This week, we’re joined by Tracy Charles, a National Senior Tax Manager in London. Tracy tells us about how she incorporates her values into her work and how to action some tangible strategies for success. Tracy contributes to our discussion around inclusion and gives us her opinion on how organisations can create a more inclusive culture.
Tell us about your career – what do you do?
I’m one of the Birmingham Hub Leaders for the personal tax compliance services for clients and also have a part time role in National Tax dealing with the National Technical Training programme.
Why did you choose your career?
I had no intention of having a career in tax when I left college – I got an offer from HM Revenue & Customs as a Junior and started learning different aspects of tax, and became more and more interested in tax. It took off from there.
What’s contributed most to your success?
Being myself and bringing the values that I was taught by my parents when I was growing up into my role at Mazars. Respect people, treat people the way you would like to be treated, and work hard. Keep on smiling
I enjoy the work I do which in turn brings passion and commitment to my role. I think I’ve demonstrated this by being at Mazars for just under 29 years. I would like to thank Liz Ritchie, Paul Barham and Rosey Blundell for recognising my ability and strength to be able to take on new challenges and roles within the business.
What’s one leadership lesson you’ve learned in your career?
Having a sense of purpose – everyone in the Hub knows what they are doing and how to do it, but as a Hub leader I have to make a big difference by sharing a strong sense of why they are doing it and where it is heading. I have to assist my team and colleagues with how to develop an understanding of our purpose and how each of their individual roles contribute to the success of the Hub in line with the firm’s vision for compliance going forward.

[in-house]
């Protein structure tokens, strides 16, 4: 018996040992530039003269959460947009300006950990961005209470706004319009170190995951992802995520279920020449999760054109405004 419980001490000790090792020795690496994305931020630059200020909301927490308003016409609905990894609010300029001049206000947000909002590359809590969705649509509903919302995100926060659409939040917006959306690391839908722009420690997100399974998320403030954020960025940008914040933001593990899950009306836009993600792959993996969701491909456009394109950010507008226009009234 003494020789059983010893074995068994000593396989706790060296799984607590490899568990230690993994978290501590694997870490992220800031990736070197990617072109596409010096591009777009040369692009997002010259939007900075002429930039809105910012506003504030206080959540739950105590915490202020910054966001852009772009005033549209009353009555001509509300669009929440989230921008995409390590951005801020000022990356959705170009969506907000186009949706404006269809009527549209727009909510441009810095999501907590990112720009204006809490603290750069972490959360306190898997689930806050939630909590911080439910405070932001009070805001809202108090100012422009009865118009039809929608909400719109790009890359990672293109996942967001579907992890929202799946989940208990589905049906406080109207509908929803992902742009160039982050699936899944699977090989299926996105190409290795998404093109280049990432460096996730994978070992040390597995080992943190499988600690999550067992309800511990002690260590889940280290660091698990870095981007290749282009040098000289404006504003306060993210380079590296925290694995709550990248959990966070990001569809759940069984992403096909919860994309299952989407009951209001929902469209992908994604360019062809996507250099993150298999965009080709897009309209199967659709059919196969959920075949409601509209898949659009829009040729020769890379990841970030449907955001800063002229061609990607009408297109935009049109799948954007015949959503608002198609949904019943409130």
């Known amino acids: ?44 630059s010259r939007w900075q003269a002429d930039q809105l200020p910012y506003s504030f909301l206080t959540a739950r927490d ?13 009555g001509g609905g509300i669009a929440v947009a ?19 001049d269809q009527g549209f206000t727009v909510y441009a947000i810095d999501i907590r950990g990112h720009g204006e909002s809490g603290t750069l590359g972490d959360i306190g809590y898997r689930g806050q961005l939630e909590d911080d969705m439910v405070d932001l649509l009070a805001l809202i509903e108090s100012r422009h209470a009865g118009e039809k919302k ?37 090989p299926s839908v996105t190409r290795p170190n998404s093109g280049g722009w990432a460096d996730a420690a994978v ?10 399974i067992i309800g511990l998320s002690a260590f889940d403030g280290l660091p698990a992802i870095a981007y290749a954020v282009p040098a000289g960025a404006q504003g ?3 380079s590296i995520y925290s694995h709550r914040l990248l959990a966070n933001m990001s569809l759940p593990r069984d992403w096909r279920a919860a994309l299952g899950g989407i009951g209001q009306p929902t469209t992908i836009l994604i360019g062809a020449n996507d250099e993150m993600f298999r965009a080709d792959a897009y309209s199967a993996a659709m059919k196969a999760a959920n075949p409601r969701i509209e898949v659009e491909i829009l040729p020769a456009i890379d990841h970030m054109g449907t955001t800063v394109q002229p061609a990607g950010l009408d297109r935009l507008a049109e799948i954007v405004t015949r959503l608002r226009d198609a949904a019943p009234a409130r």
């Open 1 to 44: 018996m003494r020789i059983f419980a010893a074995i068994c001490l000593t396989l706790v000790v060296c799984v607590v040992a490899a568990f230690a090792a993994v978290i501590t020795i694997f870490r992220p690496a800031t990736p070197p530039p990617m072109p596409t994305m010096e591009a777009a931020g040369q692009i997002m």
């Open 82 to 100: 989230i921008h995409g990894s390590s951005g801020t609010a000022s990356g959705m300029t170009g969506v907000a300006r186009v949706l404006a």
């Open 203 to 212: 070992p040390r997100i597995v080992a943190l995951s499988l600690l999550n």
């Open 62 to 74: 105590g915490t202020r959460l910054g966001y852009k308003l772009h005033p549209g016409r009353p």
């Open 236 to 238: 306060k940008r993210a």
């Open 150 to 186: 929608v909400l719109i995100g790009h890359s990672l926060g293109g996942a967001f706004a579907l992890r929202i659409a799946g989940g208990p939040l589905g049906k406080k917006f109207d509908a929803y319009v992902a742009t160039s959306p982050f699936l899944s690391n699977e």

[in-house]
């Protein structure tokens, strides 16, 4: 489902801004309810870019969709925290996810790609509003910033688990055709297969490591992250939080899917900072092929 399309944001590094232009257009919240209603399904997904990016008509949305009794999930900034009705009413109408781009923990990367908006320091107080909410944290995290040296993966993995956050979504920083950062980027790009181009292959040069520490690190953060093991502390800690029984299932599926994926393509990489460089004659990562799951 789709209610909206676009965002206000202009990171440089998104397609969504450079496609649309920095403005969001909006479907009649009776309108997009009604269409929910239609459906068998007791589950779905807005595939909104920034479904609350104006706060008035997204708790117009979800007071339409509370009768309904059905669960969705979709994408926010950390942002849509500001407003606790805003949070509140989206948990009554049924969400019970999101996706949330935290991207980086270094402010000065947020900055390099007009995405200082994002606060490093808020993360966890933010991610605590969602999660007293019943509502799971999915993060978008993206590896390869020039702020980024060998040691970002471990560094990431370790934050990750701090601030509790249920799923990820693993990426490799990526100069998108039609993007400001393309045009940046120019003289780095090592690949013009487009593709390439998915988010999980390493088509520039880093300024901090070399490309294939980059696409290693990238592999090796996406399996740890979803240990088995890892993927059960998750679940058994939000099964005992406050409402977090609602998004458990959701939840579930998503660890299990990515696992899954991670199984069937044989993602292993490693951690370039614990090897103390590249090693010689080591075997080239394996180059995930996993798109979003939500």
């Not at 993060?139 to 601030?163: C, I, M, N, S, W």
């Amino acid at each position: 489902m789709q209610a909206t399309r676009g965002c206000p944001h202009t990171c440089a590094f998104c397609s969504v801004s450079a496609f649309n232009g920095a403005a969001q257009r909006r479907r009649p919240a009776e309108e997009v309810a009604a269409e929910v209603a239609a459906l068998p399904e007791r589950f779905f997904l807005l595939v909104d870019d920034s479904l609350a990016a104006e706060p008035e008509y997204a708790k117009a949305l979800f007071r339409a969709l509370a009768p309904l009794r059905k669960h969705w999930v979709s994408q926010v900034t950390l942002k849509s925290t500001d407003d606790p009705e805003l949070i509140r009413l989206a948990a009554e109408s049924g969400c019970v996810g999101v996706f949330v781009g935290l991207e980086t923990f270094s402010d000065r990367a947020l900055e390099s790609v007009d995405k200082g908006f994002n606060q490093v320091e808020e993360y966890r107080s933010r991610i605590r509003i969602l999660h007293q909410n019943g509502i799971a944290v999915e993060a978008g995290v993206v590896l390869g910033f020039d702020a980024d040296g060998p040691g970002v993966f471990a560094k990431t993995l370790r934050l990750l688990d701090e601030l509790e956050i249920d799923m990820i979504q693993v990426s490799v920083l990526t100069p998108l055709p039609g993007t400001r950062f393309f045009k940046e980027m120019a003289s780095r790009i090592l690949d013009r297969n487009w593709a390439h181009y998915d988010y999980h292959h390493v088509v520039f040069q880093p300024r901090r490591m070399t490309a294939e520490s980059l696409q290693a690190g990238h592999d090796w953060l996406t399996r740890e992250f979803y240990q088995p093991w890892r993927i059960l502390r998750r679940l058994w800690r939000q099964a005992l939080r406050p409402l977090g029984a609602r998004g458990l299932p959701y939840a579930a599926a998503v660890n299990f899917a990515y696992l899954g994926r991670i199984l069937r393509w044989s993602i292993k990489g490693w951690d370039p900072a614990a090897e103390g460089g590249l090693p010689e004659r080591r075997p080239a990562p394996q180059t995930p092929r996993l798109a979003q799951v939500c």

What’s one of the biggest advances you’ve seen at Mazars over the past 5 years?
Trying to take action against barriers of diversity by setting up groups, having open discussions and listening to all people respective of their gender, faith or sexual orientation to make a difference. Tackling the progression of women in Mazars has also been one major advancement.
What are some of the tangible strategies for success?
Enthusiasm – you have to be enthusiastic about the business and role or you will not feel motivated and you will not encourage your colleagues to be motivated.
Desire to learn – you can never know everything about your role, Mazars and the industry in general. But if you are willing to always read, watch videos, learn from your peers and take up opportunities for training, this can lead to continuing success.
What advice would you give to the next generation of leaders?
Always communicate but be prepared to listen and work as a team. Always challenge yourself and be confident in what you do, never be afraid to ask questions and enjoy what you do. Find a good mentor and learn from them!
What can organisations do more generally do to create a culture of inclusion?
Challenge your biases and take new approaches to add value to the business, for example to encourage staff to share their cultural heritage with others and make room for different cultural and religious celebrations. Organisations can embrace the differences of their staff – an organisation is only as valuable as the talent it retains and attracts! Finally, organisations should commit with a purpose – leaders of organisations need to show that they are committed to inclusion and ensure this is communicated externally – not just within the organisation.
Thank you to Tracy for taking the time to speak to us. We will be publishing more #WeAreMazars interviews over the coming months so stay tuned!